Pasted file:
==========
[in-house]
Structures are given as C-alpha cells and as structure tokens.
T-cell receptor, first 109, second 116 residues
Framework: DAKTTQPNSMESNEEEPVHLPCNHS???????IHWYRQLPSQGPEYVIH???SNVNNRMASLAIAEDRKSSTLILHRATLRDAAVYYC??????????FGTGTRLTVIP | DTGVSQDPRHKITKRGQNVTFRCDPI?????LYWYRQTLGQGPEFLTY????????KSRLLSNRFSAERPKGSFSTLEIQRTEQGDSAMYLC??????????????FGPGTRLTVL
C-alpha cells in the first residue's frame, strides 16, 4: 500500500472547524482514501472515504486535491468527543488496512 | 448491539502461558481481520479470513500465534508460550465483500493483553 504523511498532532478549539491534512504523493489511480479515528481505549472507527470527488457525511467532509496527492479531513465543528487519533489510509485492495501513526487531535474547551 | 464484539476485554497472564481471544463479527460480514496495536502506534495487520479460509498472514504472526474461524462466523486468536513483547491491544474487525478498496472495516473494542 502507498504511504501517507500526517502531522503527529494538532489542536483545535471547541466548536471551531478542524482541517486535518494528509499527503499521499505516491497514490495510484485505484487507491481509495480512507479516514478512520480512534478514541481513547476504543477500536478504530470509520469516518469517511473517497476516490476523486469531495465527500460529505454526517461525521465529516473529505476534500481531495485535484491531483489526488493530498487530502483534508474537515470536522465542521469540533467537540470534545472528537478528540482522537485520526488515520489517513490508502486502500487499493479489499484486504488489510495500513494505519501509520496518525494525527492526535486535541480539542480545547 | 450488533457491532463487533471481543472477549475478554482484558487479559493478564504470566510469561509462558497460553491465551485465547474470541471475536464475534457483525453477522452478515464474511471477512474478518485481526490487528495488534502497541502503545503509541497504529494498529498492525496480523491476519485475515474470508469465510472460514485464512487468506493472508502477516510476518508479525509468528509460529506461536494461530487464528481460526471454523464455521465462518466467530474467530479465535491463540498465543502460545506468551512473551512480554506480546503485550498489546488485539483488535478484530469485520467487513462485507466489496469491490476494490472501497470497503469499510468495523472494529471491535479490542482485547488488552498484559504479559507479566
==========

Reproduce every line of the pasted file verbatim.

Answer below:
[in-house]
Structures are given as C-alpha cells and as structure tokens.
T-cell receptor, first 109, second 116 residues
Framework: DAKTTQPNSMESNEEEPVHLPCNHS???????IHWYRQLPSQGPEYVIH???SNVNNRMASLAIAEDRKSSTLILHRATLRDAAVYYC??????????FGTGTRLTVIP | DTGVSQDPRHKITKRGQNVTFRCDPI?????LYWYRQTLGQGPEFLTY????????KSRLLSNRFSAERPKGSFSTLEIQRTEQGDSAMYLC??????????????FGPGTRLTVL
C-alpha cells in the first residue's frame, strides 16, 4: 500500500472547524482514501472515504486535491468527543488496512 | 448491539502461558481481520479470513500465534508460550465483500493483553 504523511498532532478549539491534512504523493489511480479515528481505549472507527470527488457525511467532509496527492479531513465543528487519533489510509485492495501513526487531535474547551 | 464484539476485554497472564481471544463479527460480514496495536502506534495487520479460509498472514504472526474461524462466523486468536513483547491491544474487525478498496472495516473494542 502507498504511504501517507500526517502531522503527529494538532489542536483545535471547541466548536471551531478542524482541517486535518494528509499527503499521499505516491497514490495510484485505484487507491481509495480512507479516514478512520480512534478514541481513547476504543477500536478504530470509520469516518469517511473517497476516490476523486469531495465527500460529505454526517461525521465529516473529505476534500481531495485535484491531483489526488493530498487530502483534508474537515470536522465542521469540533467537540470534545472528537478528540482522537485520526488515520489517513490508502486502500487499493479489499484486504488489510495500513494505519501509520496518525494525527492526535486535541480539542480545547 | 450488533457491532463487533471481543472477549475478554482484558487479559493478564504470566510469561509462558497460553491465551485465547474470541471475536464475534457483525453477522452478515464474511471477512474478518485481526490487528495488534502497541502503545503509541497504529494498529498492525496480523491476519485475515474470508469465510472460514485464512487468506493472508502477516510476518508479525509468528509460529506461536494461530487464528481460526471454523464455521465462518466467530474467530479465535491463540498465543502460545506468551512473551512480554506480546503485550498489546488485539483488535478484530469485520467487513462485507466489496469491490476494490472501497470497503469499510468495523472494529471491535479490542482485547488488552498484559504479559507479566